MLB

'It's going to be pretty special' – Dodgers recruit Mookie Betts

By Sports Desk February 12, 2020

Los Angeles Dodgers recruit Mookie Betts said "it's going to be pretty special" playing for the star-studded MLB powerhouse after arriving from the Boston Red Sox.

Betts – the 2018 American League MVP – was involved in a blockbuster trade on Monday, dealt to the Dodgers along with starting pitcher David Price.

An All-Star in each of the past four seasons, Betts and fellow recruit Price were officially introduced as Dodgers players on Wednesday.

Betts will team up with current National League MVP Cody Bellinger in the Dodgers' outfield, while 2012 AL Cy Young winner Price joins three-time NL Cy Young recipient Clayton Kershaw in the starting rotation.

"We've kind of talked through passing at the All-Star Game and as we played here," Betts said of his relationship with Bellinger midweek.

"It's going to be pretty special. He won the MVP last year, so he's definitely going to put on a show, and I'll do my best to keep up with him."

Betts helped the Red Sox to World Series glory in 2018 but Boston opted to trade the four-time Gold Glove Award winner after failing to agree a long-term deal.

The 27-year-old outfielder and Price, plus cash considerations, were sent to the Dodgers in exchange for Alex Verdugo, Jeter Downs and Connor Wong.

Betts is set to become a free agent at the end of the 2020 season and he was asked whether he would consider pledging his long-term future to the Dodgers.

"Right now, I just got here -- still trying to find a house and those kinds of things," Betts said. "I'm not even really thinking about that. I'm just focused on staying with 2020 and going from there."

The Dodgers clinched their seventh straight NL West title last season, finishing with a franchise-best 106-56 record before falling to eventual World Series champions the Washington Nationals in the Division Series.

Price added: "To be able to jump onto a team like the Dodgers, a team that has had the amount of success they've had the last couple years, and then add a player like Mookie Betts and to then be able to add myself to that mix as well, that's something special to be a part of, and we're both very excited about it."

Related items

  • On this day in sport: Shearer makes his mark, one-handed pitcher Jim Abbott debuts On this day in sport: Shearer makes his mark, one-handed pitcher Jim Abbott debuts

    Few players have had an impact on Premier League football like Alan Shearer, the greatest goalscorer the competition has seen.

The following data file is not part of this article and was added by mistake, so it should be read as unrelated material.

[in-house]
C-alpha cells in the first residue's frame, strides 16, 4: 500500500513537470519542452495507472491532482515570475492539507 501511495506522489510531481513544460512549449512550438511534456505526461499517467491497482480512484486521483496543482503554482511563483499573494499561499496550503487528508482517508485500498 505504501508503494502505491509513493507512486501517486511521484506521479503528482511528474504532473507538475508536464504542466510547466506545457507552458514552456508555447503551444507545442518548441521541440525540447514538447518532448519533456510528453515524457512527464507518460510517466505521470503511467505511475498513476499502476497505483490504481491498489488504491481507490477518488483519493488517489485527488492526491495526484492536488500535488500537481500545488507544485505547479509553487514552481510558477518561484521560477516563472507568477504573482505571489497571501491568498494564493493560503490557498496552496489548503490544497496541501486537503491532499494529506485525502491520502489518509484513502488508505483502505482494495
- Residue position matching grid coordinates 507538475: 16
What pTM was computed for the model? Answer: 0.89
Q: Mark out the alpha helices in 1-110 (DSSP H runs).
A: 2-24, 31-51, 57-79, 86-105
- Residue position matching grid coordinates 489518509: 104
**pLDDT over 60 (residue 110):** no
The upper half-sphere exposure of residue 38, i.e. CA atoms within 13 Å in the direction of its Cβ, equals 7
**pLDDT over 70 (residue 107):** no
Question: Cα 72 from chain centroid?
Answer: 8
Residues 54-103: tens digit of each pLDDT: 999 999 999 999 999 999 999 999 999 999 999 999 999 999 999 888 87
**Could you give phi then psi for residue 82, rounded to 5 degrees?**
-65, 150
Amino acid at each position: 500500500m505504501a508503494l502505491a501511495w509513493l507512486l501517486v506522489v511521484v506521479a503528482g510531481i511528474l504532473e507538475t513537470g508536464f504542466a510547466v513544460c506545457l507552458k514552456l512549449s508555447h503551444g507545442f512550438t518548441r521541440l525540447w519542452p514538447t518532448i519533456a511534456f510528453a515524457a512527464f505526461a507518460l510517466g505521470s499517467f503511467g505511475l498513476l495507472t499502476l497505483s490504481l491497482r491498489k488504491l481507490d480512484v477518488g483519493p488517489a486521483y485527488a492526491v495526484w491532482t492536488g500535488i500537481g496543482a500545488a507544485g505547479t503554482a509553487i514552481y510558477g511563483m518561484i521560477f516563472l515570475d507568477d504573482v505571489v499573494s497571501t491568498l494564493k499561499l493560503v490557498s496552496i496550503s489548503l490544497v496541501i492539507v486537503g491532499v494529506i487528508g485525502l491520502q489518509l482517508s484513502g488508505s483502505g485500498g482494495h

The former England striker started out at Southampton in the old First Division, before going on to enjoy goal-laden spells with Blackburn Rovers and the club he supported as a boy, Newcastle United.

    His impact was significant at all three, but his legacy is arguably felt the most at St. James' Park, where he spent the final 10 seasons of his career.

    His goalscoring feats began on this day in 1988, but April 8 has also proven momentous in baseball, as we examine below.

    1974 - Hank Aaron overtakes Babe Ruth

    For many years after Babe Ruth's retirement in 1935, his record of 714 home runs looked unbeatable until 'Hammerin' Hank' Aarons became the first to surpass Ruth on April 8 ,1974. He might have done so earlier were it not for racially motivated death threats so prolific that his team – the Atlanta Braves – had to hire him a secretary to sift through it. The US Postal Service believe he received more than 930,000 pieces – positive and negative – in 1973. He broke Ruth's record against the Los Angeles Dodgers and later retired on 755, a record which stood for 33 years until Barry Bonds went beyond it in August 2007.

    1988 - Alan Shearer makes his mark

    Over 400 goals in professional football at international and club level,  it all started for Shearer on April 8, 1988. Then at Southampton, a 17-year-old Shearer had already made some substitute appearances, but with Arsenal visiting The Dell, he was afforded a first league start. In a 4-2 win, Shearer scored a hat-trick, becoming the youngest player to do so in top-flight history at 17 years and 240 days old. He went on to make a habit of setting new records over the following 18 years.